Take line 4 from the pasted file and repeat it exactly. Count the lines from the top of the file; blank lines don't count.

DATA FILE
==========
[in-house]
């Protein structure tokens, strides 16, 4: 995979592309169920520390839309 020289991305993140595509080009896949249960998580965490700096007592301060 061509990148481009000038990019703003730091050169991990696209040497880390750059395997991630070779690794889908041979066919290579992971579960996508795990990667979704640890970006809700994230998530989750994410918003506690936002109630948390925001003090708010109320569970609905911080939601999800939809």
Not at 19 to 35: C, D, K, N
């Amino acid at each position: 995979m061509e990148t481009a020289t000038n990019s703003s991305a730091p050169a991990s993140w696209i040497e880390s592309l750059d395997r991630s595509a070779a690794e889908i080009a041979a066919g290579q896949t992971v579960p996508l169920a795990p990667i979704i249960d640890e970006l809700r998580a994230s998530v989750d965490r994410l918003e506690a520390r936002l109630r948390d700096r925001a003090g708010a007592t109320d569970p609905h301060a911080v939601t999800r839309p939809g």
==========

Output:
């Amino acid at each position: 995979m061509e990148t481009a020289t000038n990019s703003s991305a730091p050169a991990s993140w696209i040497e880390s592309l750059d395997r991630s595509a070779a690794e889908i080009a041979a066919g290579q896949t992971v579960p996508l169920a795990p990667i979704i249960d640890e970006l809700r998580a994230s998530v989750d965490r994410l918003e506690a520390r936002l109630r948390d700096r925001a003090g708010a007592t109320d569970p609905h301060a911080v939601t999800r839309p939809g």